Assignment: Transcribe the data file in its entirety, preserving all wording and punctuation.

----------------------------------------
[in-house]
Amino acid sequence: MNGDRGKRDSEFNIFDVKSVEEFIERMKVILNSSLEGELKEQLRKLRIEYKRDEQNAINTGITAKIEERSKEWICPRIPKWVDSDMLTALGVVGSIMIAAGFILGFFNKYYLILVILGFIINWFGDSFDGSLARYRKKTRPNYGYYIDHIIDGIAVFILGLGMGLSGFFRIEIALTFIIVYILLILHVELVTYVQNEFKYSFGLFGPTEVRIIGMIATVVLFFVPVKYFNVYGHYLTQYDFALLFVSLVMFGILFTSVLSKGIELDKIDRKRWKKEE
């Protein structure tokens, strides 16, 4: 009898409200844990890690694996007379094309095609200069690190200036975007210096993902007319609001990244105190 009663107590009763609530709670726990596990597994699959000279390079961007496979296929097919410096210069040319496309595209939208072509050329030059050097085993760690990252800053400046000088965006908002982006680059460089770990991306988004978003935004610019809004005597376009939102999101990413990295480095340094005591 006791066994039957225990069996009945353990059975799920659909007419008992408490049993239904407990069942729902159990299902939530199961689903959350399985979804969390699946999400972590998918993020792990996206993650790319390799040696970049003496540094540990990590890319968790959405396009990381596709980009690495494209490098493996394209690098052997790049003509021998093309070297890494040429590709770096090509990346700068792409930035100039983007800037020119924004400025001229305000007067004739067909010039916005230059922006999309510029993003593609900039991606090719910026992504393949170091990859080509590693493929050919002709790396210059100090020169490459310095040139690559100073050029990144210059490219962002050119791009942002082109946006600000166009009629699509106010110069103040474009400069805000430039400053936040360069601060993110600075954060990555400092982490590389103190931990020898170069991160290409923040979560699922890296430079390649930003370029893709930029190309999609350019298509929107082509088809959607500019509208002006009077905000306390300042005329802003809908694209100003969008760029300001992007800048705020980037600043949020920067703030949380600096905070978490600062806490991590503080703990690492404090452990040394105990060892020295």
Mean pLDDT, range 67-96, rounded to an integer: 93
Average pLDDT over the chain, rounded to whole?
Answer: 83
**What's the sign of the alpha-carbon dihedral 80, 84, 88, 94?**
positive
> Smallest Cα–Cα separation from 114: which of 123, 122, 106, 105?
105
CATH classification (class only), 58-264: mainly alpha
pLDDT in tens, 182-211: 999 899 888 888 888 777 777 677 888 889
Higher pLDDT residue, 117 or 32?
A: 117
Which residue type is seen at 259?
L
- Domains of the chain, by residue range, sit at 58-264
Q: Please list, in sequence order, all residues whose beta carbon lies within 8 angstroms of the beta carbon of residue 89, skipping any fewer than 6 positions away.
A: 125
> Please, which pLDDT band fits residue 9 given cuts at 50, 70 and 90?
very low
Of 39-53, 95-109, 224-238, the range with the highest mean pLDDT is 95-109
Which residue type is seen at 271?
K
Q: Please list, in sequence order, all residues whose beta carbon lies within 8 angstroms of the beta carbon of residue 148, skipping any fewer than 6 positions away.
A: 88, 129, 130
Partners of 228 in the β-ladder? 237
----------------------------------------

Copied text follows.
[in-house]
Amino acid sequence: MNGDRGKRDSEFNIFDVKSVEEFIERMKVILNSSLEGELKEQLRKLRIEYKRDEQNAINTGITAKIEERSKEWICPRIPKWVDSDMLTALGVVGSIMIAAGFILGFFNKYYLILVILGFIINWFGDSFDGSLARYRKKTRPNYGYYIDHIIDGIAVFILGLGMGLSGFFRIEIALTFIIVYILLILHVELVTYVQNEFKYSFGLFGPTEVRIIGMIATVVLFFVPVKYFNVYGHYLTQYDFALLFVSLVMFGILFTSVLSKGIELDKIDRKRWKKEE
């Protein structure tokens, strides 16, 4: 009898409200844990890690694996007379094309095609200069690190200036975007210096993902007319609001990244105190 009663107590009763609530709670726990596990597994699959000279390079961007496979296929097919410096210069040319496309595209939208072509050329030059050097085993760690990252800053400046000088965006908002982006680059460089770990991306988004978003935004610019809004005597376009939102999101990413990295480095340094005591 006791066994039957225990069996009945353990059975799920659909007419008992408490049993239904407990069942729902159990299902939530199961689903959350399985979804969390699946999400972590998918993020792990996206993650790319390799040696970049003496540094540990990590890319968790959405396009990381596709980009690495494209490098493996394209690098052997790049003509021998093309070297890494040429590709770096090509990346700068792409930035100039983007800037020119924004400025001229305000007067004739067909010039916005230059922006999309510029993003593609900039991606090719910026992504393949170091990859080509590693493929050919002709790396210059100090020169490459310095040139690559100073050029990144210059490219962002050119791009942002082109946006600000166009009629699509106010110069103040474009400069805000430039400053936040360069601060993110600075954060990555400092982490590389103190931990020898170069991160290409923040979560699922890296430079390649930003370029893709930029190309999609350019298509929107082509088809959607500019509208002006009077905000306390300042005329802003809908694209100003969008760029300001992007800048705020980037600043949020920067703030949380600096905070978490600062806490991590503080703990690492404090452990040394105990060892020295």
Mean pLDDT, range 67-96, rounded to an integer: 93
Average pLDDT over the chain, rounded to whole?
Answer: 83
**What's the sign of the alpha-carbon dihedral 80, 84, 88, 94?**
positive
> Smallest Cα–Cα separation from 114: which of 123, 122, 106, 105?
105
CATH classification (class only), 58-264: mainly alpha
pLDDT in tens, 182-211: 999 899 888 888 888 777 777 677 888 889
Higher pLDDT residue, 117 or 32?
A: 117
Which residue type is seen at 259?
L
- Domains of the chain, by residue range, sit at 58-264
Q: Please list, in sequence order, all residues whose beta carbon lies within 8 angstroms of the beta carbon of residue 89, skipping any fewer than 6 positions away.
A: 125
> Please, which pLDDT band fits residue 9 given cuts at 50, 70 and 90?
very low
Of 39-53, 95-109, 224-238, the range with the highest mean pLDDT is 95-109
Which residue type is seen at 271?
K
Q: Please list, in sequence order, all residues whose beta carbon lies within 8 angstroms of the beta carbon of residue 148, skipping any fewer than 6 positions away.
A: 88, 129, 130
Partners of 228 in the β-ladder? 237